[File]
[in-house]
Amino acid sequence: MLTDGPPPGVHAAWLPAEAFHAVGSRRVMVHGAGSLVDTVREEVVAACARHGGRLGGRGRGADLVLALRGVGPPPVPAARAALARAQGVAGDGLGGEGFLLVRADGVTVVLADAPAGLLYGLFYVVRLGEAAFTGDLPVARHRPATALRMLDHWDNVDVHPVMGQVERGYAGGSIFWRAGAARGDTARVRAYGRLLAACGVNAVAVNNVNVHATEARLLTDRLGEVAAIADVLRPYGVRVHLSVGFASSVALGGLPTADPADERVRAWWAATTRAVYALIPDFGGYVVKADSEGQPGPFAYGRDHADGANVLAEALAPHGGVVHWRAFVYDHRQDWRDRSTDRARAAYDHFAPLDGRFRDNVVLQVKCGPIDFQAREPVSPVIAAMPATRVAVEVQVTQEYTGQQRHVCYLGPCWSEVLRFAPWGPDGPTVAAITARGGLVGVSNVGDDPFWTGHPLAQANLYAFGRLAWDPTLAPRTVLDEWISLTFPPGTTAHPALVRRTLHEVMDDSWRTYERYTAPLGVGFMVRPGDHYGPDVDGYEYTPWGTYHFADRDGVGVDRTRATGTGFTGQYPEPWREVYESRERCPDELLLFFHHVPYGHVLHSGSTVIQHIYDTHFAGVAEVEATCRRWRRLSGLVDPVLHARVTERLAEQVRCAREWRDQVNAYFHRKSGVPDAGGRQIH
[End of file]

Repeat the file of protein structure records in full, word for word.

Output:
[in-house]
Amino acid sequence: MLTDGPPPGVHAAWLPAEAFHAVGSRRVMVHGAGSLVDTVREEVVAACARHGGRLGGRGRGADLVLALRGVGPPPVPAARAALARAQGVAGDGLGGEGFLLVRADGVTVVLADAPAGLLYGLFYVVRLGEAAFTGDLPVARHRPATALRMLDHWDNVDVHPVMGQVERGYAGGSIFWRAGAARGDTARVRAYGRLLAACGVNAVAVNNVNVHATEARLLTDRLGEVAAIADVLRPYGVRVHLSVGFASSVALGGLPTADPADERVRAWWAATTRAVYALIPDFGGYVVKADSEGQPGPFAYGRDHADGANVLAEALAPHGGVVHWRAFVYDHRQDWRDRSTDRARAAYDHFAPLDGRFRDNVVLQVKCGPIDFQAREPVSPVIAAMPATRVAVEVQVTQEYTGQQRHVCYLGPCWSEVLRFAPWGPDGPTVAAITARGGLVGVSNVGDDPFWTGHPLAQANLYAFGRLAWDPTLAPRTVLDEWISLTFPPGTTAHPALVRRTLHEVMDDSWRTYERYTAPLGVGFMVRPGDHYGPDVDGYEYTPWGTYHFADRDGVGVDRTRATGTGFTGQYPEPWREVYESRERCPDELLLFFHHVPYGHVLHSGSTVIQHIYDTHFAGVAEVEATCRRWRRLSGLVDPVLHARVTERLAEQVRCAREWRDQVNAYFHRKSGVPDAGGRQIH